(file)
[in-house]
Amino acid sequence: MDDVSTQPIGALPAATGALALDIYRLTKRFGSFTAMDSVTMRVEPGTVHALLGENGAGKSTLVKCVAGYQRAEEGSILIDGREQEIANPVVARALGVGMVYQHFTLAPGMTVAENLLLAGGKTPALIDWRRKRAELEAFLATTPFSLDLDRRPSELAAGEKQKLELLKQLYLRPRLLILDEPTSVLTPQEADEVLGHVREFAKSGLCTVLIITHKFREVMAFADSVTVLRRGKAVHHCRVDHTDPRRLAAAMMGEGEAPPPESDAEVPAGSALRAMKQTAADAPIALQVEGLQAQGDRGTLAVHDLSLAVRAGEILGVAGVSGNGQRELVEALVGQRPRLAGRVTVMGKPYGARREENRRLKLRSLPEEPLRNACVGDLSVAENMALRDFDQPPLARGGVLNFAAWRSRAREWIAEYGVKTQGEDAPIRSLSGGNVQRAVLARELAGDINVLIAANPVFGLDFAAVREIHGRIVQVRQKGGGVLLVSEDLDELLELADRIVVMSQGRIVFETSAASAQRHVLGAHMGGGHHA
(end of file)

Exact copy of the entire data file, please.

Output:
[in-house]
Amino acid sequence: MDDVSTQPIGALPAATGALALDIYRLTKRFGSFTAMDSVTMRVEPGTVHALLGENGAGKSTLVKCVAGYQRAEEGSILIDGREQEIANPVVARALGVGMVYQHFTLAPGMTVAENLLLAGGKTPALIDWRRKRAELEAFLATTPFSLDLDRRPSELAAGEKQKLELLKQLYLRPRLLILDEPTSVLTPQEADEVLGHVREFAKSGLCTVLIITHKFREVMAFADSVTVLRRGKAVHHCRVDHTDPRRLAAAMMGEGEAPPPESDAEVPAGSALRAMKQTAADAPIALQVEGLQAQGDRGTLAVHDLSLAVRAGEILGVAGVSGNGQRELVEALVGQRPRLAGRVTVMGKPYGARREENRRLKLRSLPEEPLRNACVGDLSVAENMALRDFDQPPLARGGVLNFAAWRSRAREWIAEYGVKTQGEDAPIRSLSGGNVQRAVLARELAGDINVLIAANPVFGLDFAAVREIHGRIVQVRQKGGGVLLVSEDLDELLELADRIVVMSQGRIVFETSAASAQRHVLGAHMGGGHHA